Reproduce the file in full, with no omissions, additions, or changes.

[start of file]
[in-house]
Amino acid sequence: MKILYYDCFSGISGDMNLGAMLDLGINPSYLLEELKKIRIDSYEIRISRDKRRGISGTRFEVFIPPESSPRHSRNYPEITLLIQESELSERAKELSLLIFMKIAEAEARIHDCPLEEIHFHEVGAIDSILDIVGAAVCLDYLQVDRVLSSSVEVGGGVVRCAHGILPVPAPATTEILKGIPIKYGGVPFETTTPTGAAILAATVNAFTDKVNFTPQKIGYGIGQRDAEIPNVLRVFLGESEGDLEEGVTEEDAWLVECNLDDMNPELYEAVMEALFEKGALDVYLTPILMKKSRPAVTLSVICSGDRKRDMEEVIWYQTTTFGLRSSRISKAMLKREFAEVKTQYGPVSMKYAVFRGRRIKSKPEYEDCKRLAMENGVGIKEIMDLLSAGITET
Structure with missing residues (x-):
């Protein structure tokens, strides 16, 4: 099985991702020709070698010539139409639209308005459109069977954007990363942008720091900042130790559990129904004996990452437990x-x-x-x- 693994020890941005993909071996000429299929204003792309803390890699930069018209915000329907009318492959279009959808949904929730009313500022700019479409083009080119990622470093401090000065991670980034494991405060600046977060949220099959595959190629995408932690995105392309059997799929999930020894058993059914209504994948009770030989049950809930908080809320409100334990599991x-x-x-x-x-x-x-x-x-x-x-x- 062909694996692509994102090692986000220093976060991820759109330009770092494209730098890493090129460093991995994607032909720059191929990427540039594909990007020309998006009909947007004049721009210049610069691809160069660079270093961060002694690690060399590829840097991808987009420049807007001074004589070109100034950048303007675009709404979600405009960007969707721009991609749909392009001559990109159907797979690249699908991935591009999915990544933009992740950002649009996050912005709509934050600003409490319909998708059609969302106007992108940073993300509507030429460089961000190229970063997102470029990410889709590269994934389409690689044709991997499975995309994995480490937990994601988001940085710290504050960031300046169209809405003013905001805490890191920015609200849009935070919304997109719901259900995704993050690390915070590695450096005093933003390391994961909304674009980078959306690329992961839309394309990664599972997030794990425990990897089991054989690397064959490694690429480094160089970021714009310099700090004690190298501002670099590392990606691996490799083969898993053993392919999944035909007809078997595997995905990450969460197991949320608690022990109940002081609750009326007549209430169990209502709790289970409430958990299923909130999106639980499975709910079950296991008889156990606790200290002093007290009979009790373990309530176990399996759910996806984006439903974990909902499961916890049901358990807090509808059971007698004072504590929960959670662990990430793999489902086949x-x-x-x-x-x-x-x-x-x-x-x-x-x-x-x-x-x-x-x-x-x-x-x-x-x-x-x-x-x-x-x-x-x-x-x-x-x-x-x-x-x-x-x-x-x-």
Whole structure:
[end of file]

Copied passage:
[in-house]
Amino acid sequence: MKILYYDCFSGISGDMNLGAMLDLGINPSYLLEELKKIRIDSYEIRISRDKRRGISGTRFEVFIPPESSPRHSRNYPEITLLIQESELSERAKELSLLIFMKIAEAEARIHDCPLEEIHFHEVGAIDSILDIVGAAVCLDYLQVDRVLSSSVEVGGGVVRCAHGILPVPAPATTEILKGIPIKYGGVPFETTTPTGAAILAATVNAFTDKVNFTPQKIGYGIGQRDAEIPNVLRVFLGESEGDLEEGVTEEDAWLVECNLDDMNPELYEAVMEALFEKGALDVYLTPILMKKSRPAVTLSVICSGDRKRDMEEVIWYQTTTFGLRSSRISKAMLKREFAEVKTQYGPVSMKYAVFRGRRIKSKPEYEDCKRLAMENGVGIKEIMDLLSAGITET
Structure with missing residues (x-):
């Protein structure tokens, strides 16, 4: 099985991702020709070698010539139409639209308005459109069977954007990363942008720091900042130790559990129904004996990452437990x-x-x-x- 693994020890941005993909071996000429299929204003792309803390890699930069018209915000329907009318492959279009959808949904929730009313500022700019479409083009080119990622470093401090000065991670980034494991405060600046977060949220099959595959190629995408932690995105392309059997799929999930020894058993059914209504994948009770030989049950809930908080809320409100334990599991x-x-x-x-x-x-x-x-x-x-x-x- 062909694996692509994102090692986000220093976060991820759109330009770092494209730098890493090129460093991995994607032909720059191929990427540039594909990007020309998006009909947007004049721009210049610069691809160069660079270093961060002694690690060399590829840097991808987009420049807007001074004589070109100034950048303007675009709404979600405009960007969707721009991609749909392009001559990109159907797979690249699908991935591009999915990544933009992740950002649009996050912005709509934050600003409490319909998708059609969302106007992108940073993300509507030429460089961000190229970063997102470029990410889709590269994934389409690689044709991997499975995309994995480490937990994601988001940085710290504050960031300046169209809405003013905001805490890191920015609200849009935070919304997109719901259900995704993050690390915070590695450096005093933003390391994961909304674009980078959306690329992961839309394309990664599972997030794990425990990897089991054989690397064959490694690429480094160089970021714009310099700090004690190298501002670099590392990606691996490799083969898993053993392919999944035909007809078997595997995905990450969460197991949320608690022990109940002081609750009326007549209430169990209502709790289970409430958990299923909130999106639980499975709910079950296991008889156990606790200290002093007290009979009790373990309530176990399996759910996806984006439903974990909902499961916890049901358990807090509808059971007698004072504590929960959670662990990430793999489902086949x-x-x-x-x-x-x-x-x-x-x-x-x-x-x-x-x-x-x-x-x-x-x-x-x-x-x-x-x-x-x-x-x-x-x-x-x-x-x-x-x-x-x-x-x-x-």
Whole structure: